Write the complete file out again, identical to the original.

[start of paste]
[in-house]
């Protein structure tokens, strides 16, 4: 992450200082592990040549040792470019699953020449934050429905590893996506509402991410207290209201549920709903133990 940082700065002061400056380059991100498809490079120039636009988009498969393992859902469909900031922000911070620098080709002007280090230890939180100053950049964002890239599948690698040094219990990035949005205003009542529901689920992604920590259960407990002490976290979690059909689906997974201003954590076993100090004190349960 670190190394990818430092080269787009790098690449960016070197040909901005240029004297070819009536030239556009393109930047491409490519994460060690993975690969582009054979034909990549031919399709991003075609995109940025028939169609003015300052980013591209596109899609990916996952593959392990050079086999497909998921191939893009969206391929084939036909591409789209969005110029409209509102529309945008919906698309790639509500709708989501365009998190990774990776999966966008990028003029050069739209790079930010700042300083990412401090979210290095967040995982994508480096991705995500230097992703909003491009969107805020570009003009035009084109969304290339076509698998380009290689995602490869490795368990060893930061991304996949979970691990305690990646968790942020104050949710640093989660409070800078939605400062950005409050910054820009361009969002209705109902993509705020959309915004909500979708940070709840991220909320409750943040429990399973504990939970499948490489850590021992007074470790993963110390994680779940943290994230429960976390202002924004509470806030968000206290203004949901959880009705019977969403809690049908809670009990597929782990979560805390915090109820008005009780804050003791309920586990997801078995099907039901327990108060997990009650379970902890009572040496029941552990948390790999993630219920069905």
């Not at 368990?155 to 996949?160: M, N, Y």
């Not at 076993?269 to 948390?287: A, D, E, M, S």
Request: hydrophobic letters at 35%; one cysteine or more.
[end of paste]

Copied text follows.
[in-house]
């Protein structure tokens, strides 16, 4: 992450200082592990040549040792470019699953020449934050429905590893996506509402991410207290209201549920709903133990 940082700065002061400056380059991100498809490079120039636009988009498969393992859902469909900031922000911070620098080709002007280090230890939180100053950049964002890239599948690698040094219990990035949005205003009542529901689920992604920590259960407990002490976290979690059909689906997974201003954590076993100090004190349960 670190190394990818430092080269787009790098690449960016070197040909901005240029004297070819009536030239556009393109930047491409490519994460060690993975690969582009054979034909990549031919399709991003075609995109940025028939169609003015300052980013591209596109899609990916996952593959392990050079086999497909998921191939893009969206391929084939036909591409789209969005110029409209509102529309945008919906698309790639509500709708989501365009998190990774990776999966966008990028003029050069739209790079930010700042300083990412401090979210290095967040995982994508480096991705995500230097992703909003491009969107805020570009003009035009084109969304290339076509698998380009290689995602490869490795368990060893930061991304996949979970691990305690990646968790942020104050949710640093989660409070800078939605400062950005409050910054820009361009969002209705109902993509705020959309915004909500979708940070709840991220909320409750943040429990399973504990939970499948490489850590021992007074470790993963110390994680779940943290994230429960976390202002924004509470806030968000206290203004949901959880009705019977969403809690049908809670009990597929782990979560805390915090109820008005009780804050003791309920586990997801078995099907039901327990108060997990009650379970902890009572040496029941552990948390790999993630219920069905």
């Not at 368990?155 to 996949?160: M, N, Y």
């Not at 076993?269 to 948390?287: A, D, E, M, S």
Request: hydrophobic letters at 35%; one cysteine or more.